The Favor of Another: Labor and Precarity in Contemporary Fiction

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The Favor of Another: Labor and Precarity in Contemporary Fiction examines how fiction since 1980 responds to changes to the composition of labor and of work itself. In particular, it is interested in the representation of service sector work in the novels of Stephanie Danler, Don DeLillo, Helen DeWitt, Mohsin Hamid, Jamaica Kincaid, Chang-rae Lee, Imbolo Mbue, Dinaw Mengestu, Bharati Mukherjee, Stewart O’Nan, and Merritt Tierce. The dissertation argues that these novelists develop aesthetic strategies to respond to issues including globalization, immaterial labor, entrepreneurial subjectivity, and financialization. Novels about domestic work register a push-pull dynamic of labor migration from the Global South and in doing so ascribe alternately too much or too little agency to domestic worker characters. The challenge of representing restaurant work leads to a strategy of formal and affective repetition to mimic the routine of interactive service. Novels critical of entrepreneurship either expose cliché as the underlying trope of innovation or reflect the failure of entrepreneurial discourse to account for workers at the bottom of the labor market. Although literary criticism about finance tends to insist on abstraction, reading financial novels for labor reveals the contradiction between that representation and reality. While the labor novel seems to have waned, the dissertation reconceives the genre by examining a range of formal responses to work in novels not often read together. Its analysis concludes that reading for labor not only reveals how fiction registers changes in political economy, but also revises our understanding of the contemporary novel more broadly.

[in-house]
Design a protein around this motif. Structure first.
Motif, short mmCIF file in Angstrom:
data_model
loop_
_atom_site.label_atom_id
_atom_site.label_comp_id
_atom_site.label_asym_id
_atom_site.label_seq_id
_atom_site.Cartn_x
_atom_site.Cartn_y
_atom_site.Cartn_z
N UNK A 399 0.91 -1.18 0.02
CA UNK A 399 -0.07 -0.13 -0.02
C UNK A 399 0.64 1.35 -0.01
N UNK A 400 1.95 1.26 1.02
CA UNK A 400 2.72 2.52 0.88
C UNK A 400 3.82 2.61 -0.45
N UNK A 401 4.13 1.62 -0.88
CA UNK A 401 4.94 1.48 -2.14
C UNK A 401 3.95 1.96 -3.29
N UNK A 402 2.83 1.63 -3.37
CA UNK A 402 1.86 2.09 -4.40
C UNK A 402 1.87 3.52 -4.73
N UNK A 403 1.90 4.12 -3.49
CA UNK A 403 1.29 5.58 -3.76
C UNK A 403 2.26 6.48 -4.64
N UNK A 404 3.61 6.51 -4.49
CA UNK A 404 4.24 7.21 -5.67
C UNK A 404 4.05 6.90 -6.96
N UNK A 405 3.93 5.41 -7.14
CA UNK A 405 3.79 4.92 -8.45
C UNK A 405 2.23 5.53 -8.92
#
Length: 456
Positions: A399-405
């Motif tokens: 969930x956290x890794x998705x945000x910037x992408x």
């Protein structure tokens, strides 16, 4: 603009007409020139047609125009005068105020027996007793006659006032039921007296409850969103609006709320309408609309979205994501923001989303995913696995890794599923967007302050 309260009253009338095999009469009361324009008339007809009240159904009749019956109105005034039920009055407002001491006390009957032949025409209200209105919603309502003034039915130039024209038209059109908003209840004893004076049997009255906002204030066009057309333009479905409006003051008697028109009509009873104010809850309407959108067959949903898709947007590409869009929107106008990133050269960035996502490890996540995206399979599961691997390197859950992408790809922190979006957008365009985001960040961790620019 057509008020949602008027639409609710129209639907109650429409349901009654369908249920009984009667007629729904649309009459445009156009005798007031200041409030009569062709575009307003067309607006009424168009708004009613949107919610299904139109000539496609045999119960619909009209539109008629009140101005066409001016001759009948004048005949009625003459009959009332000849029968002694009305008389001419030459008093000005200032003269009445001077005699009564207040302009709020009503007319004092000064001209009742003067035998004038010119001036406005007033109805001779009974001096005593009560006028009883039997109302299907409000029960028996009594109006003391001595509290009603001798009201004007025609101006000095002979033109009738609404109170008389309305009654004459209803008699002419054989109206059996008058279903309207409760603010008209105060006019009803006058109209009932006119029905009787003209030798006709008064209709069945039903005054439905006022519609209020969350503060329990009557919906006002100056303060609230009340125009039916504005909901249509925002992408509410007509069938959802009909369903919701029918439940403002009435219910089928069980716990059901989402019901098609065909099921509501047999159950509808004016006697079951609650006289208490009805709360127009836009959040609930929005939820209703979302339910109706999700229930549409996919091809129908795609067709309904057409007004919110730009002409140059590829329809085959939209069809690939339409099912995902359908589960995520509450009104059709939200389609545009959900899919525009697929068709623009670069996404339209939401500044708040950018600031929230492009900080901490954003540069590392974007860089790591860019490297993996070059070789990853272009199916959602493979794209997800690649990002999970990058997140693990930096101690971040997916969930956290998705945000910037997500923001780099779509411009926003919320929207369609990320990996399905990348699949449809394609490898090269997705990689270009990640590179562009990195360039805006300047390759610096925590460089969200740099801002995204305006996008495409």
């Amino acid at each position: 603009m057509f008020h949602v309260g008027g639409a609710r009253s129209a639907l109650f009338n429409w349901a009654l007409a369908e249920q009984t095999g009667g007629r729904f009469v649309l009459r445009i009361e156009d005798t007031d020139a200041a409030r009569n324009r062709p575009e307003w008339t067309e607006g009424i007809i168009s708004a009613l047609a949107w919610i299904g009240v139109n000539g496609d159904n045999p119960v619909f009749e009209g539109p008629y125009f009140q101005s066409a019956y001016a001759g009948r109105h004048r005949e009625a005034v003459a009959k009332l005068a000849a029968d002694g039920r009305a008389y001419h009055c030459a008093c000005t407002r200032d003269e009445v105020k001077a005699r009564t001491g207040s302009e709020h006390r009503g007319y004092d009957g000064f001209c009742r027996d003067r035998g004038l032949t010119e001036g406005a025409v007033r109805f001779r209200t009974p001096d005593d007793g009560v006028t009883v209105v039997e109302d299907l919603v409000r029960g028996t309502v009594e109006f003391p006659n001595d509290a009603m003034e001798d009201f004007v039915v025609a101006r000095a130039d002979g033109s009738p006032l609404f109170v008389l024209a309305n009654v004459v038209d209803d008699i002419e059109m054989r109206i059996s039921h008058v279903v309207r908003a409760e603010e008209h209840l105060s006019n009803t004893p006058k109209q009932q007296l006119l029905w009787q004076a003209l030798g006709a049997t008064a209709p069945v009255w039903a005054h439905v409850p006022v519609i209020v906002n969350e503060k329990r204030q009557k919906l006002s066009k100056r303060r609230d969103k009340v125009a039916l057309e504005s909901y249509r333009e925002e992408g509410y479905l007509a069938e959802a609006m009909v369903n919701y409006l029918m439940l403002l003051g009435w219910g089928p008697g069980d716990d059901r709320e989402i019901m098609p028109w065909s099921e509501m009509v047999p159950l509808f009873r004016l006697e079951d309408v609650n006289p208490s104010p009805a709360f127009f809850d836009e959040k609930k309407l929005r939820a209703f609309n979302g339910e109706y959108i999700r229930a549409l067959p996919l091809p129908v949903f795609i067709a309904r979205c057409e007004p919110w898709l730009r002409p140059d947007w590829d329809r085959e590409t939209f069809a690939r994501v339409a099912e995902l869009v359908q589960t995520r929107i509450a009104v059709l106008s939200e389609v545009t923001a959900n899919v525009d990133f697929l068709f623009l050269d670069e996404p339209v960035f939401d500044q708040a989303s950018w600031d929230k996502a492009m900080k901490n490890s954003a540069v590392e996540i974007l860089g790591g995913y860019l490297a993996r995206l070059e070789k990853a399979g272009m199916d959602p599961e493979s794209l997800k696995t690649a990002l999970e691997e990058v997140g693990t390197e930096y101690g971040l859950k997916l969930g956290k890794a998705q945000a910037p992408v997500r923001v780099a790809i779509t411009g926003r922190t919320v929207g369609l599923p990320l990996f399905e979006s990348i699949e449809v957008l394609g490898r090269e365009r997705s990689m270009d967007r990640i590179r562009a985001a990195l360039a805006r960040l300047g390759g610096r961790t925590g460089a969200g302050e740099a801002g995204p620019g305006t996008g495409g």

The novels studied also provide insight into interdisciplinary debates about social and economic precarity since the mid-1970s. Often defined in terms of degraded work and the retrenchment of the welfare state, theorists emphasize a neoliberal restructuring of the economy as the cause of precarity. The dissertation argues instead that precarity is inherent in capitalist economies and its reemergence is symptomatic of prolonged economic stagnation. Taking seriously the etymological overtones of precarious—the dependence on the favor of another—it argues that the end of precarity requires not nostalgia for a previous arrangement of labor, but a challenge to the wage system itself.